Transition Game

Directed by John Stanton
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Over a decade after the Good Friday Agreement was signed Belfast remains a city divided along sectarian lines, where the threat of violence lingers just beneath the surface.

Transition Game is a story of hope that follows the coaches and players of Cross Over Basketball (formerly Full Court Peace) as they try to build bridges between Catholic and Protestant communities, using the game of basketball and the ethos of team sport.
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transition-game_still_02Since the official declaration of peace he number of so-called peace walls, those Orwellian fences that keep neighbor from neighbor have only increased. Life is more segregated here, not less. Public housing is 95 percent segregated along sectarian lines and schools are the same, a landscape in which the fear and misunderstanding of “the other” festers. Escalating unemployment only makes matters worse.

The young basketball players, teenagers from Catholics-only schools and Protestants-only school are taught the game separately and then brought together to become teammates. While they may be friends in the gym they often cannot walk in each other’s neighborhoods for fear of violence. Even the younger players, who have never seen a British soldier on the streets of Belfast, instinctively understand where the battle lines are drawn in their daily life. Their coaches, both Northern Irish and American, stay away from trying to act as social workers, believing that the simple but powerful act of learning to be teammates will be enough to open the eyes and hearts of their players.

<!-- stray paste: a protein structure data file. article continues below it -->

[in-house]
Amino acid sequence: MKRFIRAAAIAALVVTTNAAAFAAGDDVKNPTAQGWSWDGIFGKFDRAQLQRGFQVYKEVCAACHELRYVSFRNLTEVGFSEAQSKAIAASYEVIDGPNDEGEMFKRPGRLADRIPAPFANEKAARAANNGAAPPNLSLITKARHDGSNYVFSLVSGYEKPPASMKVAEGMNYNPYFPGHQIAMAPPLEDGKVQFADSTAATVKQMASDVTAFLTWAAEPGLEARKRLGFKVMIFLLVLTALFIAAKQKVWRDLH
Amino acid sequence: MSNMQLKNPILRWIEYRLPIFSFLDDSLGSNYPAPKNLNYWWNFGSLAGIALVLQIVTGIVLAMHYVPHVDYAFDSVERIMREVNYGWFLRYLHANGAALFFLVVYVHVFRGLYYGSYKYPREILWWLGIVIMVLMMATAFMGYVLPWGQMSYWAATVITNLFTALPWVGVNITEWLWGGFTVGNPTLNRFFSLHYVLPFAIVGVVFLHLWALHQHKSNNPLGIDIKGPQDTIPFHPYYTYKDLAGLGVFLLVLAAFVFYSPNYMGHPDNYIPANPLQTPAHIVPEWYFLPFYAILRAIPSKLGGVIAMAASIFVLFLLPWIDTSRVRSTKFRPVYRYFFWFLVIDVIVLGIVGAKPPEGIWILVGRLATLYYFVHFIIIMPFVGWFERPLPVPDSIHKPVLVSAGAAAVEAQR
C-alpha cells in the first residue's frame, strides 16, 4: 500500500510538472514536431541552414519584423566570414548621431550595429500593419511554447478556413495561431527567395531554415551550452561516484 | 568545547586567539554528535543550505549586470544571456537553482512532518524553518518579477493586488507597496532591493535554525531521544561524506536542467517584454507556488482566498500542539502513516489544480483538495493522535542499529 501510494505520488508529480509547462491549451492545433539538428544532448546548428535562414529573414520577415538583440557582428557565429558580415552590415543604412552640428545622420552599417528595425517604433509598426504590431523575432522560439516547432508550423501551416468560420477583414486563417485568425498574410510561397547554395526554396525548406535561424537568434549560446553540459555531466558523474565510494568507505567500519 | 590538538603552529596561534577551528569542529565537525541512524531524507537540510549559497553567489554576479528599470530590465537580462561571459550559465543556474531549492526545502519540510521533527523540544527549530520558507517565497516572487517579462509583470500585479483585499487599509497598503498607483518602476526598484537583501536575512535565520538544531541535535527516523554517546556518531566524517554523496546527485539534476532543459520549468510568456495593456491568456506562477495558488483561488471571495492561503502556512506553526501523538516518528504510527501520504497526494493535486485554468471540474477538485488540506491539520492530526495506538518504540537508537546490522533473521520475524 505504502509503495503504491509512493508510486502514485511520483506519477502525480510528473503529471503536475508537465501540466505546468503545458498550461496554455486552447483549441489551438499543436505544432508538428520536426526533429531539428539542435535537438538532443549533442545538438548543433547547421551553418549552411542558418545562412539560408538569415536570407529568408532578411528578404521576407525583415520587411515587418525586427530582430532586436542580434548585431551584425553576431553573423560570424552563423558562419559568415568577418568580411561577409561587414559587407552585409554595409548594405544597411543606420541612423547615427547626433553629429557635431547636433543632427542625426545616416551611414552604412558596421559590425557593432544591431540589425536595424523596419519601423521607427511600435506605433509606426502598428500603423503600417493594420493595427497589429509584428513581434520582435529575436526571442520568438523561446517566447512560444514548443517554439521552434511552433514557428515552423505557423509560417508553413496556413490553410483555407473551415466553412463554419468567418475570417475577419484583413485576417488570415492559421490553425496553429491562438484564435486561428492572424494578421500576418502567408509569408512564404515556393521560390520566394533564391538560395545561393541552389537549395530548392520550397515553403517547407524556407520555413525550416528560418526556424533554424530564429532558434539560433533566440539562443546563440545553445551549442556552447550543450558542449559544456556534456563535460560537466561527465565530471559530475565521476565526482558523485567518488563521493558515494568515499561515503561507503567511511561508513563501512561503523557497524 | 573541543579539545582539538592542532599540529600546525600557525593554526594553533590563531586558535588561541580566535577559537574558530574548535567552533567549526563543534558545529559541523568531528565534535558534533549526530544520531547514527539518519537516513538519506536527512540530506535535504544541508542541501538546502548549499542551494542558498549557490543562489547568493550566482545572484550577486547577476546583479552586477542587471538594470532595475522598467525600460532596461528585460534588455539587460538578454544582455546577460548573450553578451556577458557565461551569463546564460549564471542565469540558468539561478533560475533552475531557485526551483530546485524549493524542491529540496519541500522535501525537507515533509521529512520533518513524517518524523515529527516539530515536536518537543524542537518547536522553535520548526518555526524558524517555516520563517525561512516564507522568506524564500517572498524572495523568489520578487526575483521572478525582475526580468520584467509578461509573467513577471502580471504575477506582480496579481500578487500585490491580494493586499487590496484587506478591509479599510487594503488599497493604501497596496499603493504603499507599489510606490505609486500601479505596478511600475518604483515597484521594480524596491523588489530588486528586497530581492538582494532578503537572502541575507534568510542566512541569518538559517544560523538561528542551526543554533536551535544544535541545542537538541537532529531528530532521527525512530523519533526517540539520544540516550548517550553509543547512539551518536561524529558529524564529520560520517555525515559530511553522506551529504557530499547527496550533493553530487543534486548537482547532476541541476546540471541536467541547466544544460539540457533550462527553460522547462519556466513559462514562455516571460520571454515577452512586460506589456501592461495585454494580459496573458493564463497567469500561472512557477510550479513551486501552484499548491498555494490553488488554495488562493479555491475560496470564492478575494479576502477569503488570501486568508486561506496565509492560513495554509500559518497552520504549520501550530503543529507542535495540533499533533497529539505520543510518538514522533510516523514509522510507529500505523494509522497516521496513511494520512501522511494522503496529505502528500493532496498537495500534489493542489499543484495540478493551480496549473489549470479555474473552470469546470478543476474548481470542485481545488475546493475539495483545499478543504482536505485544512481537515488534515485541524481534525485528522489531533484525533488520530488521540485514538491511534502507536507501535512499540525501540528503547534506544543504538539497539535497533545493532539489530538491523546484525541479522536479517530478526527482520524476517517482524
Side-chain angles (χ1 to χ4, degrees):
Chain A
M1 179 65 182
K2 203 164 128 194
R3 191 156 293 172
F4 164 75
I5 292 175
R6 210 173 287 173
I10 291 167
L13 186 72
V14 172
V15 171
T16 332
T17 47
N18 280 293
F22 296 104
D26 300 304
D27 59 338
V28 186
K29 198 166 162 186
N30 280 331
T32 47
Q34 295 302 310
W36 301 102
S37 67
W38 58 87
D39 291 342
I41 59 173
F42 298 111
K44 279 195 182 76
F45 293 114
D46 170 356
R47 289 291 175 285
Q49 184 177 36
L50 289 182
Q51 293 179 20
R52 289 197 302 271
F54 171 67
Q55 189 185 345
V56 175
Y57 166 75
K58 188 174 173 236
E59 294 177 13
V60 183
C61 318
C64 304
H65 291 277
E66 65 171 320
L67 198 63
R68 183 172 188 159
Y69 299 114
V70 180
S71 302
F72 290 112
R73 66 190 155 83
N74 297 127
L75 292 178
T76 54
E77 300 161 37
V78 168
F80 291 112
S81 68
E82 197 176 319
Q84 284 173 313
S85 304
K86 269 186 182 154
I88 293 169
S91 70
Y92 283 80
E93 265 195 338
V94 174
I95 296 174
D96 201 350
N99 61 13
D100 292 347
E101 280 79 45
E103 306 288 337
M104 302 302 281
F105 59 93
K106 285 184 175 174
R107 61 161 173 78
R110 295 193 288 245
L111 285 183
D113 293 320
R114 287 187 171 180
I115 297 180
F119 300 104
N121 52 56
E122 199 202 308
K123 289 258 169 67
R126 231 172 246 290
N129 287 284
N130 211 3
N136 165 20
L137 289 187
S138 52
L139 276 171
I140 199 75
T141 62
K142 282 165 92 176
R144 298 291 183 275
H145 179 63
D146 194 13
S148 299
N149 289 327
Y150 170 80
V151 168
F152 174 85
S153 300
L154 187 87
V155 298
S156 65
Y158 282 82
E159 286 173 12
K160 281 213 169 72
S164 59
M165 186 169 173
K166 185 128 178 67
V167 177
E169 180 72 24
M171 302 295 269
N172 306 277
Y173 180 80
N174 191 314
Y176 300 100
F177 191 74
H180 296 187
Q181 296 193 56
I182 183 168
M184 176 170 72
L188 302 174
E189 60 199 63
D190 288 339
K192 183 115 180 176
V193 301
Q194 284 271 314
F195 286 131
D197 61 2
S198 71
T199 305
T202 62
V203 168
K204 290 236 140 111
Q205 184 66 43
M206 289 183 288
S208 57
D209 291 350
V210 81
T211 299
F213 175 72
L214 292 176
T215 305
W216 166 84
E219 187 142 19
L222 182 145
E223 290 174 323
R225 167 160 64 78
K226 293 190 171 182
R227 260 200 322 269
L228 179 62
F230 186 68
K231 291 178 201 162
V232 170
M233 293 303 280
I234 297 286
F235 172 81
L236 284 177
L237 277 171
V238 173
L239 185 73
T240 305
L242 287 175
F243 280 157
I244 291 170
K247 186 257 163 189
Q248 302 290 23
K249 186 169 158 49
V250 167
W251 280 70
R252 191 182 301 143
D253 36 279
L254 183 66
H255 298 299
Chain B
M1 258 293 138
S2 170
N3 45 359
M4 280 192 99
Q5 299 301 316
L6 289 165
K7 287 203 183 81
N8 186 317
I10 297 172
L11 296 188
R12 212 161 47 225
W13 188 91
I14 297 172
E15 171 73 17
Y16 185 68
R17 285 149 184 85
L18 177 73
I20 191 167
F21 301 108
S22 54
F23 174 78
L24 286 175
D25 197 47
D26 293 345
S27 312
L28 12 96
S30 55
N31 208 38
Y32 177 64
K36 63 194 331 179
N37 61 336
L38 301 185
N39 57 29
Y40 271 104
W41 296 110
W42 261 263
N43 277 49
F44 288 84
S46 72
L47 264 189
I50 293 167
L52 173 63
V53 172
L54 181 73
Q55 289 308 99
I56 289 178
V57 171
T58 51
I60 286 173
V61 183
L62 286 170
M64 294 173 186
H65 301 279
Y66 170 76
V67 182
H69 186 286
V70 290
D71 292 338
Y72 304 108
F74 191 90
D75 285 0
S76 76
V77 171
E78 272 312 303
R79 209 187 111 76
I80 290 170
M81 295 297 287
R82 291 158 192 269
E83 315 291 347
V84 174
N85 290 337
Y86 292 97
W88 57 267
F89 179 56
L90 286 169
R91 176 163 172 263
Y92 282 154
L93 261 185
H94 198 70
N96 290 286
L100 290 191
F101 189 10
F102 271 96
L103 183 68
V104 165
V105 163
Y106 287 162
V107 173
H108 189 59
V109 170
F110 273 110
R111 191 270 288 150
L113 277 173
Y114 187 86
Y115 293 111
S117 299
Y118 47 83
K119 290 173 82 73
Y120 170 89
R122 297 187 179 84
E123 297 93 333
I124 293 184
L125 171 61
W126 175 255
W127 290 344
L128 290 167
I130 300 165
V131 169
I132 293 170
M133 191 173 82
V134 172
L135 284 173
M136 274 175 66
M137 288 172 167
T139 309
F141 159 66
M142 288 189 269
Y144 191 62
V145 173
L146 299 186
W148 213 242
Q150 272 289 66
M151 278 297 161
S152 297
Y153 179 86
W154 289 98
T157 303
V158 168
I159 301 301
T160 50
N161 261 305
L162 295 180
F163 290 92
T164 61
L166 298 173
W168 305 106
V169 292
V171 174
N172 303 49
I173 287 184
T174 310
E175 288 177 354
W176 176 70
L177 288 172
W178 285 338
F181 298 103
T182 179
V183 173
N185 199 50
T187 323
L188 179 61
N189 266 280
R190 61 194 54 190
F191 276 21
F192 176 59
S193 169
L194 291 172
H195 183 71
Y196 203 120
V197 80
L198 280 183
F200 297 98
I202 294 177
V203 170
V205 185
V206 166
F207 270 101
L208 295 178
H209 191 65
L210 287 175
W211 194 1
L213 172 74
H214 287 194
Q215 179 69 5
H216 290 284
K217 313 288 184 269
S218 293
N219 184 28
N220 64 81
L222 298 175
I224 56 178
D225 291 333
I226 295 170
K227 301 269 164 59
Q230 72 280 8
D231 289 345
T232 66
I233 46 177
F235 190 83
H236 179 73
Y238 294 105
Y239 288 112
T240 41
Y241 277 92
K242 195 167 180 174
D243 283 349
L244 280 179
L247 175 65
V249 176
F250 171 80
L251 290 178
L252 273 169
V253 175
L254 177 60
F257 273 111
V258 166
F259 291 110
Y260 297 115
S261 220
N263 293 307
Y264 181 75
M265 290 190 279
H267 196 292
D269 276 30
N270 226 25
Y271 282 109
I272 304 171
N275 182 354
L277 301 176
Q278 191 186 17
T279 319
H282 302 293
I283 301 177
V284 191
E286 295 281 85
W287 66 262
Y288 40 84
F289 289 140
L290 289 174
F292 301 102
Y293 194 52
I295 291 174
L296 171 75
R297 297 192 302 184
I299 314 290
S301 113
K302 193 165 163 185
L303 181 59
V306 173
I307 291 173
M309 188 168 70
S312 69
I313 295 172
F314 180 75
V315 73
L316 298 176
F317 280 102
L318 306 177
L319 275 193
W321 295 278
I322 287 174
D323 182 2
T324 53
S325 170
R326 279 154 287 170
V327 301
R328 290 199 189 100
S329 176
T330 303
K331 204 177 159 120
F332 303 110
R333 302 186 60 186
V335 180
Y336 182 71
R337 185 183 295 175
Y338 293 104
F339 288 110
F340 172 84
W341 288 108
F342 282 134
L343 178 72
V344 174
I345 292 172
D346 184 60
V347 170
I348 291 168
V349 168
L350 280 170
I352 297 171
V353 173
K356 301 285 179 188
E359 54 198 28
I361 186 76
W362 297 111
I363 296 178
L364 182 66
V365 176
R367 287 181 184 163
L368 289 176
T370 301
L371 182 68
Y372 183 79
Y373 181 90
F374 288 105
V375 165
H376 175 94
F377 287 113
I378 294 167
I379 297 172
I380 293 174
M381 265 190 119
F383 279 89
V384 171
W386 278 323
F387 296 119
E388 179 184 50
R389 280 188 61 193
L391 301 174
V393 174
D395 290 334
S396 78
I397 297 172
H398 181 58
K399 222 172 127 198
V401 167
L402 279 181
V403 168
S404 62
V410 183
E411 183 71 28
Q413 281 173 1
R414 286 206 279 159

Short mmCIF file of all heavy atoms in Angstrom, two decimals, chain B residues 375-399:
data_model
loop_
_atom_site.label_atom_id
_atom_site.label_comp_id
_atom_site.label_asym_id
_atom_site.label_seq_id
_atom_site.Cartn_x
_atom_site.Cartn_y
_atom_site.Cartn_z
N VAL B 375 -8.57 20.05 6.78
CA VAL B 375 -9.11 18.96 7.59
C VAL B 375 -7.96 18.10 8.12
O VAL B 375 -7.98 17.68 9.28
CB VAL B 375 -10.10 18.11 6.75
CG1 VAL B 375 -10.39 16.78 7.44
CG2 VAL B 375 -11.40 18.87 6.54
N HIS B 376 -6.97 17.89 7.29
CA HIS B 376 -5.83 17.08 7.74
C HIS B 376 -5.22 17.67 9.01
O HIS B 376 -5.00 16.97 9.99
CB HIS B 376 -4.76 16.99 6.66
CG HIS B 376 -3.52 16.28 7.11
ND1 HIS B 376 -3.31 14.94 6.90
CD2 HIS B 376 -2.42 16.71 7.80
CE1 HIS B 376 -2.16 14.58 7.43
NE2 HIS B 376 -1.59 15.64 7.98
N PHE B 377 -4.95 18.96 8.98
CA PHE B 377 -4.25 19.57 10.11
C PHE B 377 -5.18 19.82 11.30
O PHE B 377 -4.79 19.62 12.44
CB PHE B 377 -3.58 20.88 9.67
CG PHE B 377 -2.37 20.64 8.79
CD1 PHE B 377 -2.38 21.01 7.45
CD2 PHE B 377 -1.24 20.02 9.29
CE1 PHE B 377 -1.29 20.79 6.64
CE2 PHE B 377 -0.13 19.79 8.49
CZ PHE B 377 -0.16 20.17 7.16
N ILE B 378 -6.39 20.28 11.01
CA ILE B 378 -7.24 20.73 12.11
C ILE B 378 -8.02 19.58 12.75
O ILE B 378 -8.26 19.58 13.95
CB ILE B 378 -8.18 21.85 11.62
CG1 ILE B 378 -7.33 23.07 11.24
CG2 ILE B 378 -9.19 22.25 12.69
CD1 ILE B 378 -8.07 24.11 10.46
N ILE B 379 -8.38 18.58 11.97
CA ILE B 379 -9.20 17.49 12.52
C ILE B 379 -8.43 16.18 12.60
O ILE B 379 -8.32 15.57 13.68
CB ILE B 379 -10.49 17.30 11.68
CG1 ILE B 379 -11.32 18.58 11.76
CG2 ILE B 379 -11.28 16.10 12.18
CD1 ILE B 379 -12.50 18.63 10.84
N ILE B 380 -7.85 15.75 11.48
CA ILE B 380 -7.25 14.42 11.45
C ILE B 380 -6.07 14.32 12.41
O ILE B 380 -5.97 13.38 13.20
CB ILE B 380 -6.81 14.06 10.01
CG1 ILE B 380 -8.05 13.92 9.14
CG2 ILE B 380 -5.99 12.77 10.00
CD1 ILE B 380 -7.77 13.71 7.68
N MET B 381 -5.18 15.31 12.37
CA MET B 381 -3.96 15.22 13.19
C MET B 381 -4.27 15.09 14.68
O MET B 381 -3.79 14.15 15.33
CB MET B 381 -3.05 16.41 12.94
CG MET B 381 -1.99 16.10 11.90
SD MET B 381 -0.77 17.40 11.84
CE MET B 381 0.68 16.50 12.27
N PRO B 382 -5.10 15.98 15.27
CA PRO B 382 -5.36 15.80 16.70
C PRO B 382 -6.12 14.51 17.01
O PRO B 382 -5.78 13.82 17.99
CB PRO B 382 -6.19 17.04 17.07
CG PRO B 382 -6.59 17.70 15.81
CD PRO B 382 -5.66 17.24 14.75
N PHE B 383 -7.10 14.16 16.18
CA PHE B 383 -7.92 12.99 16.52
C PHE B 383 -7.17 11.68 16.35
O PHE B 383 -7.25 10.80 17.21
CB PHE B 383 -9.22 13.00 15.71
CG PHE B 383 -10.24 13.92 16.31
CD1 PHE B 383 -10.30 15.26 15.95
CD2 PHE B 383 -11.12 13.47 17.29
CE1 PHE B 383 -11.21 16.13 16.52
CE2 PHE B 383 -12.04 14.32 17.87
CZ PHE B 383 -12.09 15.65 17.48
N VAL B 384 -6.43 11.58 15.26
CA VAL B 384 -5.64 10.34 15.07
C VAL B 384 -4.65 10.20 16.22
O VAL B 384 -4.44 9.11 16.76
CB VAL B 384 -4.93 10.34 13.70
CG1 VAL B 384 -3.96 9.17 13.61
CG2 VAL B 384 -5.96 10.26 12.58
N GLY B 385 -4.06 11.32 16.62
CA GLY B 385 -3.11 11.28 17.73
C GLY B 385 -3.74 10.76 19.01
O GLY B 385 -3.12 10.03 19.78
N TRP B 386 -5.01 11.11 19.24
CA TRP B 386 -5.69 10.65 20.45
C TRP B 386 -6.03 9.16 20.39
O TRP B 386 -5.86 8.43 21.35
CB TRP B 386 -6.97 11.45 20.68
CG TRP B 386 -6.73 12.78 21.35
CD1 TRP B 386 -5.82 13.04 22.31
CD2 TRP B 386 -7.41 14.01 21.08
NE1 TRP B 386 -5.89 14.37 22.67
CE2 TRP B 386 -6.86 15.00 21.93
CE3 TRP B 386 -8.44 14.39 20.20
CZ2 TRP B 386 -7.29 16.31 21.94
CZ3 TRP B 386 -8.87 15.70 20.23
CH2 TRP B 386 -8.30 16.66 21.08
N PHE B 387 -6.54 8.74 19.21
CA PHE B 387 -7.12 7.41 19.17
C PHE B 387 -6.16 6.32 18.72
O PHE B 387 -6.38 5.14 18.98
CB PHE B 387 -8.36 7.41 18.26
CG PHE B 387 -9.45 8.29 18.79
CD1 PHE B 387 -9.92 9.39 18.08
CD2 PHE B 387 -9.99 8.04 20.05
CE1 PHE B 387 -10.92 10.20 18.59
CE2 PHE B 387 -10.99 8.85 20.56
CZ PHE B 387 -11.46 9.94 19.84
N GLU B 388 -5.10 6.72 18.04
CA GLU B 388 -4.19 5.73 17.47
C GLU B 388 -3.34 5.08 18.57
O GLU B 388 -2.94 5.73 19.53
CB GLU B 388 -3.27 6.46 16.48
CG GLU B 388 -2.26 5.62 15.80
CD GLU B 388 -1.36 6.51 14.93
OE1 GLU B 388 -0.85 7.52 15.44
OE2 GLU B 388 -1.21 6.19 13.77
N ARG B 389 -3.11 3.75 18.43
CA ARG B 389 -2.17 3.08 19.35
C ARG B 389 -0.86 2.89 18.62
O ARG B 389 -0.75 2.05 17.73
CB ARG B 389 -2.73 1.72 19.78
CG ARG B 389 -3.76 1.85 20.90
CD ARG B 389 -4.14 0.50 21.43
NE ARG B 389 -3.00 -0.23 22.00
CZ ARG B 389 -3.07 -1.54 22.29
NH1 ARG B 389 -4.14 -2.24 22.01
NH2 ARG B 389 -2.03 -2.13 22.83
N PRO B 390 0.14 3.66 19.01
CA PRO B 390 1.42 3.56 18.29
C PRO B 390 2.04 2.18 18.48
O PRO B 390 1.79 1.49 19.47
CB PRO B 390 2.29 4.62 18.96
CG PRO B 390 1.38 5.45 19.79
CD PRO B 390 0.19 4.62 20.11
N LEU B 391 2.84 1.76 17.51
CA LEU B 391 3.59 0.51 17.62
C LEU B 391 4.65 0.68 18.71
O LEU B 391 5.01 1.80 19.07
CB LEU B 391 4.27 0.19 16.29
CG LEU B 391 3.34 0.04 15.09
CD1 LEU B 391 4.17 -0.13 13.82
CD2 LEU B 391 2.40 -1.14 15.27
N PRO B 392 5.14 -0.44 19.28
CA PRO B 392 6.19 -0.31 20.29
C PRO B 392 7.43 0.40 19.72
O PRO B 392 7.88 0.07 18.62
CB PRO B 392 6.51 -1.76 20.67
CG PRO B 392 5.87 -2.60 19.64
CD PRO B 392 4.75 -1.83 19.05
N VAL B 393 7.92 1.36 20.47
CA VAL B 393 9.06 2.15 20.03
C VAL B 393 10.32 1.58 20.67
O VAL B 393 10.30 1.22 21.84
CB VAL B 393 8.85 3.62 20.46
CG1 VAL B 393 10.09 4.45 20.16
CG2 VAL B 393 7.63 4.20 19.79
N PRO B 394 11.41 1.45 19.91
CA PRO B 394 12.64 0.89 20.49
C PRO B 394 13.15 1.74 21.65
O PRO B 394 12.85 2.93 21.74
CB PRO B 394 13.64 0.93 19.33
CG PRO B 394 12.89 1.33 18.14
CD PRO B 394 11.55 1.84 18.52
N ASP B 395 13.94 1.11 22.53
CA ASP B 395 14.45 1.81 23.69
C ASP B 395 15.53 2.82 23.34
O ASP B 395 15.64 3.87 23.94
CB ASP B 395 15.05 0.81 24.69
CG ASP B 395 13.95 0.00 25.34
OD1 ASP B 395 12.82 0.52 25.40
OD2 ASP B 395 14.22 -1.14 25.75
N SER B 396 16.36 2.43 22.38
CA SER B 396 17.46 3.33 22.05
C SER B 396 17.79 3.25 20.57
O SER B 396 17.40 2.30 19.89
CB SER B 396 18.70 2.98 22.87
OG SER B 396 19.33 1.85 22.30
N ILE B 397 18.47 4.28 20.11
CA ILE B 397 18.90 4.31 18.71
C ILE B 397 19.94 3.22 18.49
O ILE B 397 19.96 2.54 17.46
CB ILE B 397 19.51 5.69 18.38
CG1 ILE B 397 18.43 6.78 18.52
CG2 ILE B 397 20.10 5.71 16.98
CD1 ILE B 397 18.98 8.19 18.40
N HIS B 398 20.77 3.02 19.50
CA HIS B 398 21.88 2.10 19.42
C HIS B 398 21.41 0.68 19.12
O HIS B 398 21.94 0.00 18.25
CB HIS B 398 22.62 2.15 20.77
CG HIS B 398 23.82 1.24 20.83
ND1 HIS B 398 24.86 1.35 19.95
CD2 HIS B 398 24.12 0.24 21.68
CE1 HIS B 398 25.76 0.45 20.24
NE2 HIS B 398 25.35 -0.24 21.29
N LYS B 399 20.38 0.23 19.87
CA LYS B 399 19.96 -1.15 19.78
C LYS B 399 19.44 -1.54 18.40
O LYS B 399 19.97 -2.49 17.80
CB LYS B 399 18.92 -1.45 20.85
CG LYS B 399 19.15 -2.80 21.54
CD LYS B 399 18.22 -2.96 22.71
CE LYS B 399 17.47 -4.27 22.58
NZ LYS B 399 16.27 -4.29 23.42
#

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John Stanton’s films have always been about the search for community. His last film, Last Call, centered on an infamous watering hole that was the center of local life on Nantucket and whose closing marked the change from island life to a gentrified playground for the wealthy.

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